The greenfield project for wireless infrastructure is the creation of a new network on previously undeveloped space. In an unprecedented project of Vancouver, the goal was to plan, design, build, and commission an entirely new wireless network in a short time frame. Key project managers, engineers, acquisition, and construction specialists were assembled in realizing this ambitious goal.
I was one of the prime RF design engineers responsible for a large geographical area of Vancouver. I looked after RF planning and detailed design of the radio access layer. This entailed high level network design of site placement and cellular configuration to low level on-field surveys of construction sites. With reference to the link budget, the nominal site placement plan was established and zone search activity took place. I conducted site visits with site acquisition and construction specialists in determining suitable candidates that would best meet the nominal design. Deviation of nominal design would encounter a process of review that would conclude with client concurrence.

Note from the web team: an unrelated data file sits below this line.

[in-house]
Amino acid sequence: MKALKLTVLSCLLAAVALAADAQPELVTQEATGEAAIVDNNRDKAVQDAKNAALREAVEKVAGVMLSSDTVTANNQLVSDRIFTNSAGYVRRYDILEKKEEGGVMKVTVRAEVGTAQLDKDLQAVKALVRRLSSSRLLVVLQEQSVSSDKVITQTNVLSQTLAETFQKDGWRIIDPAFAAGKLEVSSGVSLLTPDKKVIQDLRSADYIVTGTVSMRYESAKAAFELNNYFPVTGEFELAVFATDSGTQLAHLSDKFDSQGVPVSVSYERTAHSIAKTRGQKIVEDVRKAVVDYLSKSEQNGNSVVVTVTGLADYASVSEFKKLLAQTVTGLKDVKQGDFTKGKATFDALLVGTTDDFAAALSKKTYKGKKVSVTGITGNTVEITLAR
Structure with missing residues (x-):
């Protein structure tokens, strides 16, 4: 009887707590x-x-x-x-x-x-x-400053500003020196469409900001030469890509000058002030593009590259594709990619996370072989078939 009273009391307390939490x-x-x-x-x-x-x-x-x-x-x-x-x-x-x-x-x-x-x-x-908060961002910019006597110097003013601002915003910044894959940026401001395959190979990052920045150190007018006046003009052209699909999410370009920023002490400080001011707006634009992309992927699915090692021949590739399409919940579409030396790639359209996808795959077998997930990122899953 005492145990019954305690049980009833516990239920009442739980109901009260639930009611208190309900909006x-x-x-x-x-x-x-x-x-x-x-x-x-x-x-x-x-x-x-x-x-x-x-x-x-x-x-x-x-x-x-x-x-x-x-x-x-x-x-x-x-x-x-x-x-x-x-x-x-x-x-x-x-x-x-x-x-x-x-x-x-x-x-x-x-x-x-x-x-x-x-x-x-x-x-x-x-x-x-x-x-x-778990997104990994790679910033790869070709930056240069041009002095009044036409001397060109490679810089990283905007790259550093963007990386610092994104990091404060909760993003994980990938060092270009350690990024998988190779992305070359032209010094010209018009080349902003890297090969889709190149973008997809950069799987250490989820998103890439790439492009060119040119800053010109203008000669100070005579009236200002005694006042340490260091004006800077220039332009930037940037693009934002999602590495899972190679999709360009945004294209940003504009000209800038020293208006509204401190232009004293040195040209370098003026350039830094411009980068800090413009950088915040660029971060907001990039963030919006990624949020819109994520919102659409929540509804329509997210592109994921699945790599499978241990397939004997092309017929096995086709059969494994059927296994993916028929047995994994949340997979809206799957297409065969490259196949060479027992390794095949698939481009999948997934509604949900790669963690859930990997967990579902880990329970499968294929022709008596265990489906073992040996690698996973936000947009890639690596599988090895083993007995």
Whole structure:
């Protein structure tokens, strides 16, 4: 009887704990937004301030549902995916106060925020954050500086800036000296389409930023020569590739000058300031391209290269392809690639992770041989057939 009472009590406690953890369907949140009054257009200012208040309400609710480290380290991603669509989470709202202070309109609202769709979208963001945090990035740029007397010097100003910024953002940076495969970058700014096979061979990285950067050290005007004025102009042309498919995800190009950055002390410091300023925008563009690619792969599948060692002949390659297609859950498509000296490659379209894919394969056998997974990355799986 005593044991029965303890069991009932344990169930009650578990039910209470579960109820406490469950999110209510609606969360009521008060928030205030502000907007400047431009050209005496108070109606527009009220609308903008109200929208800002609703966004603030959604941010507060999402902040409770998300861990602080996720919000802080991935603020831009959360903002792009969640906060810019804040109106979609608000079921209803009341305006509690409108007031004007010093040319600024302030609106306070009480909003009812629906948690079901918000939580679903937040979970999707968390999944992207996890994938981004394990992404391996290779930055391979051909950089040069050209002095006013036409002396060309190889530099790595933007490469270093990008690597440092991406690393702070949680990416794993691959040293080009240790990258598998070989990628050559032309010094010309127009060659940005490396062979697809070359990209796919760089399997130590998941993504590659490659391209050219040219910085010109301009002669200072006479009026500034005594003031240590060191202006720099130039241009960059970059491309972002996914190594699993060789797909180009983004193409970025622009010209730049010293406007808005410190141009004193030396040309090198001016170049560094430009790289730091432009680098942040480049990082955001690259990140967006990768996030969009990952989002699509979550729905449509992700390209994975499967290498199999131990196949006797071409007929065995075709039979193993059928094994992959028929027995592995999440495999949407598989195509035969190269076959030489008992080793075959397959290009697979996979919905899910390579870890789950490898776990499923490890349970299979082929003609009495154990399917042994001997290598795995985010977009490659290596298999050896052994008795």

Upon identifying the site candidate, I proposed a site-level detailed RF design based on propagation, interference, and best-server simulations and compared against KPIs for specified clutter and zone boundaries. Construction drawings were generated of which I reviewed and RF qualified. Detailed build RF design was later specified after further optimization simulations. Parameters related to RNC definition of the cells were also determined such as NCELL and scrambling code definitions. The sites were eventually built and checked on-field for proper RF equipment configuration. To date, the target sites have been constructed to RF specifications.